“We are experiencing a remarkable transformation in road safety, thanks to the powerful combination of forward-facing cameras, collision mitigation technology and our comprehensive training programs," says Nathan Meisgeier, EVP and Chief Legal Officer at Werner Enterprises. "By implementing this cutting-edge technology, we have achieved an unprecedented 10-year low in accident frequency. Forward facing cameras stand as a fundamental pillar of our steadfast safety-driven culture."

With the right vendor and tech, carriers can piece together an even larger view of events through backing camera integration. As a result, professional drivers experience next-level coaching and safety training. For professional drivers who safely avoid potential incidents, there is an opportunity for more recognition from their support team and supervisors than ever before.

Important considerations for carriers implementing dashcams


Forward-facing cameras provide tremendous value for professional drivers and fleets. However, carriers need to be upfront and transparent with their drivers to maximize their value and ease the implementation process. Before installation, communicate with drivers about how the cameras will function, what the benefits are, and how their privacy will be protected. In addition, establish open channels of communication for professional drivers to provide regular feedback, coach on improvement areas and reward drivers who avoided a potentially unsafe situation.

Start small if there are still concerns about driver reception to forward-facing camera tech. Do you have a group of drivers who are early adopters and enjoy engaging with new tech? Utilize them as a pilot or focus group to test the cameras. What issues do they encounter during the installation or implementation phases? Once you gather feedback and an organized process for installation, they can serve as product advocates when you roll it out across the larger fleet.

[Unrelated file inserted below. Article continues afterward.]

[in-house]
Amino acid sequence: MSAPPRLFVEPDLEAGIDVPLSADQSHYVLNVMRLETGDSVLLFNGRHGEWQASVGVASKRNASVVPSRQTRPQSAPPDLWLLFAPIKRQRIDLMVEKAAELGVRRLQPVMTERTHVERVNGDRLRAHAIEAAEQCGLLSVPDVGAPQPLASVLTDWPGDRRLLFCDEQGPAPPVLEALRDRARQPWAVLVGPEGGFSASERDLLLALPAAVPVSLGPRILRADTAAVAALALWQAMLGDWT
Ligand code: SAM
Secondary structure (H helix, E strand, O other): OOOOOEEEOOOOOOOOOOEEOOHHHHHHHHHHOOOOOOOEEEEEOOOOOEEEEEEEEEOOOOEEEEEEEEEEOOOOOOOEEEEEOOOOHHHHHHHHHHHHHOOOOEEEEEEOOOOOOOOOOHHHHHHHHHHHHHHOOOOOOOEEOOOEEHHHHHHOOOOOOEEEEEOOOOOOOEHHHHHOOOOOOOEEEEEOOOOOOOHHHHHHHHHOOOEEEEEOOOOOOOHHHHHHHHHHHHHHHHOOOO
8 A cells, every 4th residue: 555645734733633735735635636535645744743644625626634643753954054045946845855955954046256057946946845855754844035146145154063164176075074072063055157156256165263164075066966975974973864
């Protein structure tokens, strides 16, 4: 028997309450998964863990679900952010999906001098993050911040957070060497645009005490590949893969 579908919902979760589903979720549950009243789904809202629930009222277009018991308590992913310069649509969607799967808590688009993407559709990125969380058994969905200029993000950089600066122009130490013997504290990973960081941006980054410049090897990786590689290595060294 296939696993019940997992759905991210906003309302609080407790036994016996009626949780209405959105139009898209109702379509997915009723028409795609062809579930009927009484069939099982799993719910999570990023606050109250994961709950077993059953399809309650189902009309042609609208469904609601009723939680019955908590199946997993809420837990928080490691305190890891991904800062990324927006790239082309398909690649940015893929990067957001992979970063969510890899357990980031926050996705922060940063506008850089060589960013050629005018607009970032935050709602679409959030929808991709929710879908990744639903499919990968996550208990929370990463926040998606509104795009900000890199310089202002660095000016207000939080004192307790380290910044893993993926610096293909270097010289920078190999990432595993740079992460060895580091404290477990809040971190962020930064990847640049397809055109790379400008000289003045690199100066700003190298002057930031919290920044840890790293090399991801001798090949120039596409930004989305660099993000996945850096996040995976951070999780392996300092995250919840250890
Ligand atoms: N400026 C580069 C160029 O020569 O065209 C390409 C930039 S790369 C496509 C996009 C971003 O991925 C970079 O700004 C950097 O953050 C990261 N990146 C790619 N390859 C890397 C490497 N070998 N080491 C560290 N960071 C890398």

Once implemented, benchmark your results. Though we are in the era of data, your takeaways and insights are only as good as the data you're collecting. How are cameras helping you reduce claims or improve professional driver training and safety? This data can help support the value cameras provide when communicating with drivers and investors.

Ultimately, forward-facing cameras present a significant opportunity for carriers. By emphasizing the purpose and safeguards of the technology, carriers can utilize this technology to help foster a supportive environment that prioritizes professional driver well-being while maximizing the advantages of cameras in improving fleets. These cameras should be considered by all carriers as a fundamental resource for a safety-driven culture.

Jaime Hamm is Vice President of Safety and Compliance with Werner Enterprises.
About the Author

Jamie Hamm

Jaime Hamm started her career with Werner Enterprises in the Safety Department in 1997. Jaime has held several positions within Safety, including assistant supervisor of log compliance, manager of log compliance, corporate safety specialist, corporate safety manager and manager of loss prevention within the Risk Department. In 2013, Jaime was promoted to Vice President of Safety and Compliance.